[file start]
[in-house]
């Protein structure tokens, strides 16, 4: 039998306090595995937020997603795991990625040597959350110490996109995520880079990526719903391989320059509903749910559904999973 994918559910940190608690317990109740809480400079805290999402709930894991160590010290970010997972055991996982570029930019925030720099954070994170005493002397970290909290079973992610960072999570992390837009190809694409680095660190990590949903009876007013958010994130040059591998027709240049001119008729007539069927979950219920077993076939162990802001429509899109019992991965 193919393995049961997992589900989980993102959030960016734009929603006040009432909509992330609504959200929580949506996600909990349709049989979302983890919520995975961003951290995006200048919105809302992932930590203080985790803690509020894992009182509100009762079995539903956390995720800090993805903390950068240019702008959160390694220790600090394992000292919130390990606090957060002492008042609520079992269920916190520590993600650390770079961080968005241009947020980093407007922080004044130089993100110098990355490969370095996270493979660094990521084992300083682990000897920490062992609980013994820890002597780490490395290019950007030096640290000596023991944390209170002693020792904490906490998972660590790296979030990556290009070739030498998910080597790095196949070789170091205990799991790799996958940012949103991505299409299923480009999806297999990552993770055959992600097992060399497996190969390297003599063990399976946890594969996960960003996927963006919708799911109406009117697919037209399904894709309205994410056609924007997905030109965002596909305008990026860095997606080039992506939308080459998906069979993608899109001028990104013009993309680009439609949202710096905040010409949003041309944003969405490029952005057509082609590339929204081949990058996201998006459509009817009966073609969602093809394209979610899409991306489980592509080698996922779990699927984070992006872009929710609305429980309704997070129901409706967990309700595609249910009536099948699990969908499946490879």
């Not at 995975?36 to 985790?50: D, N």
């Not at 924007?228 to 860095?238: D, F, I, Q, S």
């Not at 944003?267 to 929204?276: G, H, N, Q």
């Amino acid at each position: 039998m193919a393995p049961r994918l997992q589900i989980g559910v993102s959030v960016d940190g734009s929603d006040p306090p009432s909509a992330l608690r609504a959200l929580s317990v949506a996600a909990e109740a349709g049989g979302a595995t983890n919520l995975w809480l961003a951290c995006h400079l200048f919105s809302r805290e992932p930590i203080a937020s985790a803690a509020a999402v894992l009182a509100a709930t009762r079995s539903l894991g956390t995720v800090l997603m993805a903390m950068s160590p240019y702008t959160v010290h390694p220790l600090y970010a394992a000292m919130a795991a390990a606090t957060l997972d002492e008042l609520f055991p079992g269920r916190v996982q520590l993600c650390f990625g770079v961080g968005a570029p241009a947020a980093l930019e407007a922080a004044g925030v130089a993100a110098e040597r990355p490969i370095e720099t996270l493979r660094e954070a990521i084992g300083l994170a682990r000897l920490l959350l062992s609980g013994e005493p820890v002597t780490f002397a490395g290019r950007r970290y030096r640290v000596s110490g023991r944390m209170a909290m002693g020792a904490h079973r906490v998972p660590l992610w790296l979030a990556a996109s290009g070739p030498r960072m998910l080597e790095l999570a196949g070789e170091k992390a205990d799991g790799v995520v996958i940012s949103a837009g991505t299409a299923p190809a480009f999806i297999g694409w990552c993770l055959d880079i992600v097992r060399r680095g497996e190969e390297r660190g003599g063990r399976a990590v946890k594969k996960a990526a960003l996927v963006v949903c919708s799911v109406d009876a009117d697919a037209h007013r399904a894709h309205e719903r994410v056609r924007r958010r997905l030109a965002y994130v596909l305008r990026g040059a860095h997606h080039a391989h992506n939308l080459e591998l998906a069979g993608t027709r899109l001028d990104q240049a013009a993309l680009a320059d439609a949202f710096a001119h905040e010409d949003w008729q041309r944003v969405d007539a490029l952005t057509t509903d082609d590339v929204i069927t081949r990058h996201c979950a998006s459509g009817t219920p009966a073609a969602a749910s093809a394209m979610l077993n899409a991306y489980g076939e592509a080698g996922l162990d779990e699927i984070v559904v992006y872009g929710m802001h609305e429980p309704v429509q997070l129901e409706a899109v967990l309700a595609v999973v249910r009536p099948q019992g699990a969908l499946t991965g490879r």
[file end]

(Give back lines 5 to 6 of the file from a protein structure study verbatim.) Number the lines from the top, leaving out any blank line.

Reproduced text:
């Not at 944003?267 to 929204?276: G, H, N, Q």
């Amino acid at each position: 039998m193919a393995p049961r994918l997992q589900i989980g559910v993102s959030v960016d940190g734009s929603d006040p306090p009432s909509a992330l608690r609504a959200l929580s317990v949506a996600a909990e109740a349709g049989g979302a595995t983890n919520l995975w809480l961003a951290c995006h400079l200048f919105s809302r805290e992932p930590i203080a937020s985790a803690a509020a999402v894992l009182a509100a709930t009762r079995s539903l894991g956390t995720v800090l997603m993805a903390m950068s160590p240019y702008t959160v010290h390694p220790l600090y970010a394992a000292m919130a795991a390990a606090t957060l997972d002492e008042l609520f055991p079992g269920r916190v996982q520590l993600c650390f990625g770079v961080g968005a570029p241009a947020a980093l930019e407007a922080a004044g925030v130089a993100a110098e040597r990355p490969i370095e720099t996270l493979r660094e954070a990521i084992g300083l994170a682990r000897l920490l959350l062992s609980g013994e005493p820890v002597t780490f002397a490395g290019r950007r970290y030096r640290v000596s110490g023991r944390m209170a909290m002693g020792a904490h079973r906490v998972p660590l992610w790296l979030a990556a996109s290009g070739p030498r960072m998910l080597e790095l999570a196949g070789e170091k992390a205990d799991g790799v995520v996958i940012s949103a837009g991505t299409a299923p190809a480009f999806i297999g694409w990552c993770l055959d880079i992600v097992r060399r680095g497996e190969e390297r660190g003599g063990r399976a990590v946890k594969k996960a990526a960003l996927v963006v949903c919708s799911v109406d009876a009117d697919a037209h007013r399904a894709h309205e719903r994410v056609r924007r958010r997905l030109a965002y994130v596909l305008r990026g040059a860095h997606h080039a391989h992506n939308l080459e591998l998906a069979g993608t027709r899109l001028d990104q240049a013009a993309l680009a320059d439609a949202f710096a001119h905040e010409d949003w008729q041309r944003v969405d007539a490029l952005t057509t509903d082609d590339v929204i069927t081949r990058h996201c979950a998006s459509g009817t219920p009966a073609a969602a749910s093809a394209m979610l077993n899409a991306y489980g076939e592509a080698g996922l162990d779990e699927i984070v559904v992006y872009g929710m802001h609305e429980p309704v429509q997070l129901e409706a899109v967990l309700a595609v999973v249910r009536p099948q019992g699990a969908l499946t991965g490879r």